BeckMorrill_PatentLitigation_Sp08

BeckMorrill_PatentLitigation_Sp08 - EXAM#_ Final...

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EXAM#____________ Final Examination Patent Litigation Professors Beck and Morrill Spring 2008 1. You have two (2) hours to complete this exam. 2. This is an open book, open materials exam. 3. This exam consists of five (5) essay questions based on a common fact pattern, assigned points as indicated on the exam. Please write your response clearly in the blue books provided. Write on every other line to permit instructor comments. 4. Write your exam number on your exam envelope. Put the course number and exam # at the top of this page, each page of questions and each blue book. Do not use your name, student ID number or Social Security Number on any exam materials. 5. At the conclusion of the exam, return all test materials, including blue books, scratch paper and this exam packet, to the envelope and submit it to the proctor. DO NOT seal the envelope. Students who do not return all exam materials at the end of the exam may not be graded. GOOD LUCK! Beck and Morrill: Patent Litigation, Final, Spring 2008 Page 1 of 6
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EXAM#____________ Fact Pattern John David Stanley Stanier worked in the movie production business and became aware of the high cost of assembling and controlling extras for crowd scenes. “Handling extras is like herding cats” he used to say. The studios had tried to cut the cost of extras by using two dimensional cardboard cutout figures, but these had many disadvantages: They were heavy, inflexible, difficult to transport, required large amounts of storage space and were not useful in wet or windy conditions. More importantly, cardboard figures were often obvious, since they reflected light differently than three dimensional figures, and if the scene called for shots from the side or rear of the figures, they had to be reconfigured. Stanier came up with the idea of using inflatable mannequins similar to those used for modeling wearing apparel or as toys to give the impression of crowds in movies and videos. Stanier applied for and obtained the ‘538 patent, which contains the following claim and figure: 1. A method of using a plurality of inflatable life-sized humanoid figures for simulating a crowd of real people seated in a stadium or auditorium style seating and viewing a particular event in a foreground scene, at a cost affordable to the average movie producer, the simulated stadium or auditorium crowd for use in a background scene captured on a visual recording media, comprising: a. providing said plurality of inflatable life-sized humanoid figures at said background scene, b. inflating said plurality of inflatable life-sized humanoid figures at said background scene,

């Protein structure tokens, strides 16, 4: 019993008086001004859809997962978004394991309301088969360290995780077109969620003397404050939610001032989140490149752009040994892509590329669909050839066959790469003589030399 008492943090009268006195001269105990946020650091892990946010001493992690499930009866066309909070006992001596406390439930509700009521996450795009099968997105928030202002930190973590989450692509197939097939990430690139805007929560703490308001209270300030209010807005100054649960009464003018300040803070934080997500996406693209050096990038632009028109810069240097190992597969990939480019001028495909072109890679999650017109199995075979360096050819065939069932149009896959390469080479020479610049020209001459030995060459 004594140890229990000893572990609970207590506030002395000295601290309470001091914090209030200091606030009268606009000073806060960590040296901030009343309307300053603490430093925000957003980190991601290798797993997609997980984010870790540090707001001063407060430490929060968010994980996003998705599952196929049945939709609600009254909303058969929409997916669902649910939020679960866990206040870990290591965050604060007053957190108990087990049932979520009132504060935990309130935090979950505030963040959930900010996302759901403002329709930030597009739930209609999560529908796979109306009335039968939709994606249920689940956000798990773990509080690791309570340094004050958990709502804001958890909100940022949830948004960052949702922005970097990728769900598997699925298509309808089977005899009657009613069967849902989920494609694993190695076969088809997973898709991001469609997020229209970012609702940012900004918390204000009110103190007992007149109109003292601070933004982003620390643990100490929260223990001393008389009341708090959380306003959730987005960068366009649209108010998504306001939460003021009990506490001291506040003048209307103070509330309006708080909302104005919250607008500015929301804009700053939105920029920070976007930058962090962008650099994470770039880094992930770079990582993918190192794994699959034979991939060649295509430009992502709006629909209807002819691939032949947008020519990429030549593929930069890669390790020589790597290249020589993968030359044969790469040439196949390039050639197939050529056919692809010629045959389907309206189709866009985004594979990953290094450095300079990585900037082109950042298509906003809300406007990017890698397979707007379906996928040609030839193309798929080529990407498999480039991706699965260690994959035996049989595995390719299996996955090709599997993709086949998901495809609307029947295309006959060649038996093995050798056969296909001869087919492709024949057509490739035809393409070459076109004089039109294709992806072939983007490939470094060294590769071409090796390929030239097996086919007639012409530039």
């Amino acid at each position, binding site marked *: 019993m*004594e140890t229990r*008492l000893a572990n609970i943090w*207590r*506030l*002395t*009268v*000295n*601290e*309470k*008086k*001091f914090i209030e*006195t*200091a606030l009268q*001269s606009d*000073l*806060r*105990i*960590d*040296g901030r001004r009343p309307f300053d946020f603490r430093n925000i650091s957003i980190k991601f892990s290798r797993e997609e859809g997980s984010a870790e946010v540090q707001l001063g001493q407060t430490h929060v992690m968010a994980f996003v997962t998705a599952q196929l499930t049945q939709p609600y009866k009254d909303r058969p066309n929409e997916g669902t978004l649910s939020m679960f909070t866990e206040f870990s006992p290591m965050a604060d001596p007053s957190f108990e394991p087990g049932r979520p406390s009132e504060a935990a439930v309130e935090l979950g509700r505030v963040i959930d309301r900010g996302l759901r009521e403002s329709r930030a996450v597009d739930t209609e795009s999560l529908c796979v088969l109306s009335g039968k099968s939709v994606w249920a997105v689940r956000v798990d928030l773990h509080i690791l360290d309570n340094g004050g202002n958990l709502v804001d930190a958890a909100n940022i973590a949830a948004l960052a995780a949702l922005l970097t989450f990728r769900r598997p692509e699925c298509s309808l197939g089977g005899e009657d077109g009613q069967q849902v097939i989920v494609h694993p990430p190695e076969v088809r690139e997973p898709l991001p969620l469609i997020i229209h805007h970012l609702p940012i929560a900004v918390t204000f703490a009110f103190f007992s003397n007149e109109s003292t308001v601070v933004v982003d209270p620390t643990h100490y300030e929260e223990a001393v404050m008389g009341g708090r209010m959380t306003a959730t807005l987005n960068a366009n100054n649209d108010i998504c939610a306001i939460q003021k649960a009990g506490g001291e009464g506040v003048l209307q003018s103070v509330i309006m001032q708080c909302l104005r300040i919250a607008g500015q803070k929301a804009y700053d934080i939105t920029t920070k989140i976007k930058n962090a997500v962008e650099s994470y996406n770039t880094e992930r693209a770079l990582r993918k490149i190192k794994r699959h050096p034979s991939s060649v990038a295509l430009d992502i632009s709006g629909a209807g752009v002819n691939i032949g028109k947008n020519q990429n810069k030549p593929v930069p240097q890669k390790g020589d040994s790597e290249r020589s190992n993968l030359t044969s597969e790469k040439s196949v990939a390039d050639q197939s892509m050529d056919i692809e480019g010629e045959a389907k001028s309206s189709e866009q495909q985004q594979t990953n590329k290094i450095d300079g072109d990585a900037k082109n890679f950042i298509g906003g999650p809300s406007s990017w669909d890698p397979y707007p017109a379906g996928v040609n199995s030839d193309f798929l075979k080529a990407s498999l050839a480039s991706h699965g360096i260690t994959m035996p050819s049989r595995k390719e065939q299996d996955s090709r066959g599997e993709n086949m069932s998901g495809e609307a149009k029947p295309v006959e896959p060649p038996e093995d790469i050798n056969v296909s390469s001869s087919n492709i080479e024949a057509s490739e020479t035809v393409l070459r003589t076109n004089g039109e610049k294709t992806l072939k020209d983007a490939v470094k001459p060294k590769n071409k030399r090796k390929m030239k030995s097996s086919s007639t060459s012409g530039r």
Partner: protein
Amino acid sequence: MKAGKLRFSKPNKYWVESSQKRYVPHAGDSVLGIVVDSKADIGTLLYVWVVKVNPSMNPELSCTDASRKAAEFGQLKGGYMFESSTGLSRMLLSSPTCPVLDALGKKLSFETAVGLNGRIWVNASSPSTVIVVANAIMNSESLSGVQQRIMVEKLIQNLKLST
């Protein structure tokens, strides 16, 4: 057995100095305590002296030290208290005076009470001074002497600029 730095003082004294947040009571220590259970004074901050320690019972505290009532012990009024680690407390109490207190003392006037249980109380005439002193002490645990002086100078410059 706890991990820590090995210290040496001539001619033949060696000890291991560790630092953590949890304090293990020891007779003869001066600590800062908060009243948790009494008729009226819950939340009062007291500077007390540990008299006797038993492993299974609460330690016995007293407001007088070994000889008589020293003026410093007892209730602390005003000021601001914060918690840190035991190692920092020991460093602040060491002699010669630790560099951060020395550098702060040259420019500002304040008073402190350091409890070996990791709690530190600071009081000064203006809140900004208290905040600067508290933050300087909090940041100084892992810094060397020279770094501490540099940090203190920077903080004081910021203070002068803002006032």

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This note was uploaded on 04/05/2010 for the course LAW LAW6571 taught by Professor Abbott during the Spring '10 term at Florida State College.

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BeckMorrill_PatentLitigation_Sp08 - EXAM#_ Final...

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